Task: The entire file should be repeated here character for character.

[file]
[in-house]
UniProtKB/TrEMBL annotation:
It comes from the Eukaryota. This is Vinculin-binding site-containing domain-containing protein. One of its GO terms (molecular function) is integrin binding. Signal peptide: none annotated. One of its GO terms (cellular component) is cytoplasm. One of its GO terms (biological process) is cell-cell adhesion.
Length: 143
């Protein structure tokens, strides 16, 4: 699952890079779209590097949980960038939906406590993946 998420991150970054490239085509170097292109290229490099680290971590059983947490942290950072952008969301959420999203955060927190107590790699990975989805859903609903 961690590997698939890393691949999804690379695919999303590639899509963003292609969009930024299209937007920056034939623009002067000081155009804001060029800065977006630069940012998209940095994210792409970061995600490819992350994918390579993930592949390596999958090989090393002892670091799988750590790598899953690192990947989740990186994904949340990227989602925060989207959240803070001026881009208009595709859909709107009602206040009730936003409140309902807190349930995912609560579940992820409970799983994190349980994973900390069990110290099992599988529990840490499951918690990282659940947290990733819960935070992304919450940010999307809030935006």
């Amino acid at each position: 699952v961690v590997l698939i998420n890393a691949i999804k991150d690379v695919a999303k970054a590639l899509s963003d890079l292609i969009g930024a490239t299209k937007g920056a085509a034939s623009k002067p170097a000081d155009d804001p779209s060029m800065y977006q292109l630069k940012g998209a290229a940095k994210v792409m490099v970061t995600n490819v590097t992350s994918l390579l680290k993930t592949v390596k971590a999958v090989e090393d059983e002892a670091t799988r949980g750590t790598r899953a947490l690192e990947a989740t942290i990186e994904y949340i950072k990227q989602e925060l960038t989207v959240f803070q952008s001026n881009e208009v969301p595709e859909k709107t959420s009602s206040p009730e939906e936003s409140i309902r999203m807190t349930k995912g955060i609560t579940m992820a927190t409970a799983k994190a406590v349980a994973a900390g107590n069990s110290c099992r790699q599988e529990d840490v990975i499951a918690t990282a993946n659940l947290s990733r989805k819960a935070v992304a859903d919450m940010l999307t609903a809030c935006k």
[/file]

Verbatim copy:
[in-house]
UniProtKB/TrEMBL annotation:
It comes from the Eukaryota. This is Vinculin-binding site-containing domain-containing protein. One of its GO terms (molecular function) is integrin binding. Signal peptide: none annotated. One of its GO terms (cellular component) is cytoplasm. One of its GO terms (biological process) is cell-cell adhesion.
Length: 143
């Protein structure tokens, strides 16, 4: 699952890079779209590097949980960038939906406590993946 998420991150970054490239085509170097292109290229490099680290971590059983947490942290950072952008969301959420999203955060927190107590790699990975989805859903609903 961690590997698939890393691949999804690379695919999303590639899509963003292609969009930024299209937007920056034939623009002067000081155009804001060029800065977006630069940012998209940095994210792409970061995600490819992350994918390579993930592949390596999958090989090393002892670091799988750590790598899953690192990947989740990186994904949340990227989602925060989207959240803070001026881009208009595709859909709107009602206040009730936003409140309902807190349930995912609560579940992820409970799983994190349980994973900390069990110290099992599988529990840490499951918690990282659940947290990733819960935070992304919450940010999307809030935006």
């Amino acid at each position: 699952v961690v590997l698939i998420n890393a691949i999804k991150d690379v695919a999303k970054a590639l899509s963003d890079l292609i969009g930024a490239t299209k937007g920056a085509a034939s623009k002067p170097a000081d155009d804001p779209s060029m800065y977006q292109l630069k940012g998209a290229a940095k994210v792409m490099v970061t995600n490819v590097t992350s994918l390579l680290k993930t592949v390596k971590a999958v090989e090393d059983e002892a670091t799988r949980g750590t790598r899953a947490l690192e990947a989740t942290i990186e994904y949340i950072k990227q989602e925060l960038t989207v959240f803070q952008s001026n881009e208009v969301p595709e859909k709107t959420s009602s206040p009730e939906e936003s409140i309902r999203m807190t349930k995912g955060i609560t579940m992820a927190t409970a799983k994190a406590v349980a994973a900390g107590n069990s110290c099992r790699q599988e529990d840490v990975i499951a918690t990282a993946n659940l947290s990733r989805k819960a935070v992304a859903d919450m940010l999307t609903a809030c935006k």